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The Porter Hypothesis And The Economic Consequences Of Environmental Regulation

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The Porter Hypothesis And The Economic Consequences Of Environmental Regulation

A Neo-Schumpeterian Approach

Thomas Roediger-Schluga

Thomas Roediger-Schluga, formerly of ARC Systems Research GmbH, Austria

2004 368 pp Hardback 978 1 84376 644 5

Hardback £101.00 on-line price £90.90

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This book is also available as an ebook  978 1 78195 786 8 from -

www.books.google.com/ebooks

Description
‘The book is right on target about a much-discussed topic: innovation impacts and techno-economic consequences of environmental regulation. Its novelty lies in engaging in empirical case research of the impacts and the political regulatory design process of volatile organic compound (VOC) control in Austria. It is a valuable contribution to the literature on the Porter Hypothesis, offering a model for predicting outcomes and offering recommendations for dealing with information asymmetries in the regulatory process.’
– René Kemp, Maastricht University, The Netherlands

Combining the public choice literature on political decision making with the Neo-Schumpeterian literature on innovation, this valuable new book develops a conceptual model of how environmental regulation is designed. The author presents a novel perspective on the Porter Hypothesis, arguing that the effect of environmental regulation is too weak to induce technological change. This implies that environmental policy intervention has little, if any, economic consequences which has significant repercussions for environmental decision-making.

Contents
Contents: 1. Introduction 2. The Porter Hypothesis: Environmental Regulation, Innovation and Competitiveness 3. The Technological, Regulatory and Economic Environment 4. Some Stylised Facts on Technological Advance 5. Determinants and Adoption of Cleaner Technological Innovations 6. The Design of an Environmental Regulation in a Market Framework: A Conceptual Model 7. Empirical Evidence on the Genesis of Austrian VOC Emission Standards 8. Confronting the Expected Regulatory Outcome with Reality 9. Summary and Policy Implications References Index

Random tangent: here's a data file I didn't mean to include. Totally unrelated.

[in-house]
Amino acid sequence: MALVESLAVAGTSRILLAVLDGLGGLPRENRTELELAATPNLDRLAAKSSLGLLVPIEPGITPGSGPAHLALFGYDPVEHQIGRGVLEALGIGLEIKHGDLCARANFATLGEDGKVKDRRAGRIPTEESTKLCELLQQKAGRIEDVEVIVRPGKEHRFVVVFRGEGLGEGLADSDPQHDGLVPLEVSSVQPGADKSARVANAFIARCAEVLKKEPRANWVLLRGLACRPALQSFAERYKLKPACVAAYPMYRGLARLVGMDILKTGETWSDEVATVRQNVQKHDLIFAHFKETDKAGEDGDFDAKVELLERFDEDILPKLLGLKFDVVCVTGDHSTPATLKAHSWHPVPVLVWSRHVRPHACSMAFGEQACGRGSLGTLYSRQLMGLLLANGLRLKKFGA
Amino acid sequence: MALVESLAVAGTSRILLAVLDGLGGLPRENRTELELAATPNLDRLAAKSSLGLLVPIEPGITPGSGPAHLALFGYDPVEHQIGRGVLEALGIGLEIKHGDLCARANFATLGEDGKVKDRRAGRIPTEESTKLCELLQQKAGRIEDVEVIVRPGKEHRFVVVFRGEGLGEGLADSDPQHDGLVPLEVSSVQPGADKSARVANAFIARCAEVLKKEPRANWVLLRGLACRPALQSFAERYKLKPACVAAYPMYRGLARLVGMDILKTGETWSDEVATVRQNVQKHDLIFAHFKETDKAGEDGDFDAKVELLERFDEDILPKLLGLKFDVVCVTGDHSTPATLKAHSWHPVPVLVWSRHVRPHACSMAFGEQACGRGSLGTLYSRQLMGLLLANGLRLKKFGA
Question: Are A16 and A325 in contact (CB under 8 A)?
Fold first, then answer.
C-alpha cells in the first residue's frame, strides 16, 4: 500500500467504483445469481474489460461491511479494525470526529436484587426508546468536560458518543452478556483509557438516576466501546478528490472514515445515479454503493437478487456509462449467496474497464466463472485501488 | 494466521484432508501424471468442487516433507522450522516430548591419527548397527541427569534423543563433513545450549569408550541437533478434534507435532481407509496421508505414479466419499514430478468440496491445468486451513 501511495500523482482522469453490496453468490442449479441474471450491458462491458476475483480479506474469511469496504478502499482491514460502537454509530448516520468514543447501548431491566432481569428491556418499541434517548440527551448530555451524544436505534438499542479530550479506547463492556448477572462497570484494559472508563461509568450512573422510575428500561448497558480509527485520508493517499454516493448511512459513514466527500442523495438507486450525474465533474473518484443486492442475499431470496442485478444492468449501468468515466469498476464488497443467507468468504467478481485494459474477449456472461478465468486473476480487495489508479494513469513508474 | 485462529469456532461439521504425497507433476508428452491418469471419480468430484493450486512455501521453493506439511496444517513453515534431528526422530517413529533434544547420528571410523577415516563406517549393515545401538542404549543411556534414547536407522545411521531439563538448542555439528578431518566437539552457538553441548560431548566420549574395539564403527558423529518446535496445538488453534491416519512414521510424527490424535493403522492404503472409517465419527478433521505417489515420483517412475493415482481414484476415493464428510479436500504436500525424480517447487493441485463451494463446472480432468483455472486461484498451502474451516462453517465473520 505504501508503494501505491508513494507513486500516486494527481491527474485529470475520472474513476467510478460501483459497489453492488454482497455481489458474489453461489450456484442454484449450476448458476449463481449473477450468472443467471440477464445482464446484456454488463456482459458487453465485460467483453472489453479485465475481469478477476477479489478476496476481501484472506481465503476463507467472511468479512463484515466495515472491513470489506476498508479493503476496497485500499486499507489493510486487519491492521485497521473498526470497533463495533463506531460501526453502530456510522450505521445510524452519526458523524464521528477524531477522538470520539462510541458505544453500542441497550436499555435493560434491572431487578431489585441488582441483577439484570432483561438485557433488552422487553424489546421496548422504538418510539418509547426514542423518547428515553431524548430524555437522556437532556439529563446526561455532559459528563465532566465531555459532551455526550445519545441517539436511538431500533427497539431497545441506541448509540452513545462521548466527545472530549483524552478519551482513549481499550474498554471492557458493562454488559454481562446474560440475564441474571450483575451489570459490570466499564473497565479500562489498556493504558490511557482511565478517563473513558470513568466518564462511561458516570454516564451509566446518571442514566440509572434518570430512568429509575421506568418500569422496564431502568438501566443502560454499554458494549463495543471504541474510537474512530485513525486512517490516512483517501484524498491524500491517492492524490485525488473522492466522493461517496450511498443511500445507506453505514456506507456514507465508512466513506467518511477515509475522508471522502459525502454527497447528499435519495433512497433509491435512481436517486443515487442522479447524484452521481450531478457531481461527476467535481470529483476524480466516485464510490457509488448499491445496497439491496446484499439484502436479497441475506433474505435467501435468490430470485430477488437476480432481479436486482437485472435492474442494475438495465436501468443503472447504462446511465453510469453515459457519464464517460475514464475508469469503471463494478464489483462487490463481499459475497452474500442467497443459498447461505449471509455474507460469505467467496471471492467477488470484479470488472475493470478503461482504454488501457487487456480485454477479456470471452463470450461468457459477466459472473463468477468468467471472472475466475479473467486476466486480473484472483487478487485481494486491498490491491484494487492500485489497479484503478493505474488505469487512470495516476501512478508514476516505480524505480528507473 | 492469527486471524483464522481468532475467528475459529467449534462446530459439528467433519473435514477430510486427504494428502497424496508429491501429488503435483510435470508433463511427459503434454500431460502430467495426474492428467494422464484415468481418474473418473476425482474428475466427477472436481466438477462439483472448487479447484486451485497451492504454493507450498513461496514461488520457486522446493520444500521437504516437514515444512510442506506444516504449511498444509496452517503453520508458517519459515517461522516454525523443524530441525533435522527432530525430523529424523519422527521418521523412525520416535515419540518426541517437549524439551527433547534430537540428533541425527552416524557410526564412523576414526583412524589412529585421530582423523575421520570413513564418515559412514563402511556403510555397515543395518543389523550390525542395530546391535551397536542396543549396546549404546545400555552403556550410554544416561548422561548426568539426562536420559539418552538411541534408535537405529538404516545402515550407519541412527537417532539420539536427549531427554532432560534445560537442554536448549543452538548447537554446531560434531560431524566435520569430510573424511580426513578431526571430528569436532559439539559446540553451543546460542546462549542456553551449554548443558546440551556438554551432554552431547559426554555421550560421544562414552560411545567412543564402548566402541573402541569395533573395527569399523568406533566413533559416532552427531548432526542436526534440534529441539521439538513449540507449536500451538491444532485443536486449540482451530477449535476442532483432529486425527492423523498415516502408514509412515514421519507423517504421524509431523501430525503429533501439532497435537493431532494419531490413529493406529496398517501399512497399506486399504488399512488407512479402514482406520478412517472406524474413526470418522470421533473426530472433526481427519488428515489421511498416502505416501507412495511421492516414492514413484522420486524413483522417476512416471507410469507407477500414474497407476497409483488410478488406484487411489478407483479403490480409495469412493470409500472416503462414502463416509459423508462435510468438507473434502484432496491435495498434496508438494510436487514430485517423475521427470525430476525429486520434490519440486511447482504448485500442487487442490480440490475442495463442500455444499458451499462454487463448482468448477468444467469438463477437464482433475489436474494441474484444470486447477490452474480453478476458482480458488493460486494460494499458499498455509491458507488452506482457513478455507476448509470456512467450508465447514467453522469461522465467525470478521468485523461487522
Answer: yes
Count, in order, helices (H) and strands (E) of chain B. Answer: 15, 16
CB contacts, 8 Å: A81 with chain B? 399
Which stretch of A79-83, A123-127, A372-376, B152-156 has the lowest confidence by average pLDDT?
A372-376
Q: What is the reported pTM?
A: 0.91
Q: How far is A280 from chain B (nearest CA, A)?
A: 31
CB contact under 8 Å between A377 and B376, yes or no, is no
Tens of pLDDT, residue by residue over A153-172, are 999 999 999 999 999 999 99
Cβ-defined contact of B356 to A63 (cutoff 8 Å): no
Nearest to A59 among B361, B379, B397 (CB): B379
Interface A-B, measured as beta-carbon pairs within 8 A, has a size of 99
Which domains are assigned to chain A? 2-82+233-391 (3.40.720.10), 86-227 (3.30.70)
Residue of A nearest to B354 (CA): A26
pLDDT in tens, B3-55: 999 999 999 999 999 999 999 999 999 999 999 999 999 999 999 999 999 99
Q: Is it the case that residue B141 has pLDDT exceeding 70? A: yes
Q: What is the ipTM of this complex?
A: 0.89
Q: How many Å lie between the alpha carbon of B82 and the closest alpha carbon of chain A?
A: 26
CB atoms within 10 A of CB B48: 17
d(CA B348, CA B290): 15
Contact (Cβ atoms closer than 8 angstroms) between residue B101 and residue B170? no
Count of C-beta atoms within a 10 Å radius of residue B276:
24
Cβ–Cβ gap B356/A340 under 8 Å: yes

Futher information

‘It is a tribute to Thomas Roediger-Schluga that he has turned his Austrian doctoral thesis into a very fine book, written in a clear style. . . anyone wanting a concise but careful overview of the literature on the effects of environmental regulation on the economy will not do better than the early chapters of this book. . . the style and execution of the book make it readable and relevant. In an age when economists, in particular, produce impenetrable and obscure tracts, this is to be welcomed. This is a fine book and one to be very firmly recommended.’
– The late David Pearce, European Environment

‘The book is right on target about a much-discussed topic: innovation impacts and techno-economic consequences of environmental regulation. Its novelty lies in engaging in empirical case research of the impacts and the political regulatory design process of volatile organic compound (VOC) control in Austria. It is a valuable contribution to the literature on the Porter Hypothesis, offering a model for predicting outcomes and offering recommendations for dealing with information asymmetries in the regulatory process.’
– René Kemp, Maastricht University, The Netherlands

Combining the public choice literature on political decision making with the Neo-Schumpeterian literature on innovation, this valuable new book develops a conceptual model of how environmental regulation is designed. The author presents a novel perspective on the Porter Hypothesis, arguing that the effect of environmental regulation is too weak to induce technological change. This implies that environmental policy intervention has little, if any, economic consequences which has significant repercussions for environmental decision-making.

Since radical technological advance is unpredictable, this implies that environmental regulation induces, at the very most, incremental improvements of existing designs. Moreover, due to the high political costs of disrupting existing industry structures, regulation objectives are often adjusted or the compliance costs reduced through subsidies. Due to this limited inducement effect, the author finds that environmental regulation does not produce outcomes consistent with the Porter Hypothesis, nor does it have any palpable negative economic impact. Using detailed case-study evidence, each step of his argument is skilfully illustrated. The book concludes with a number of concrete policy recommendations as to how existing and future regulations might be improved and how the development of radically novel cleaner technology may be fostered.

This book provides a comprehensive assessment of the negotiation process that leads to the design of regulatory policy objectives. It also represents a first attempt to study the possibilities and limitations of environmental regulation as a policy tool to stimulate the development and diffusion of cleaner technologies. Environmental economists, resource managers and policymakers interested in environmental regulation and technological change will welcome this valuable addition to the literature.



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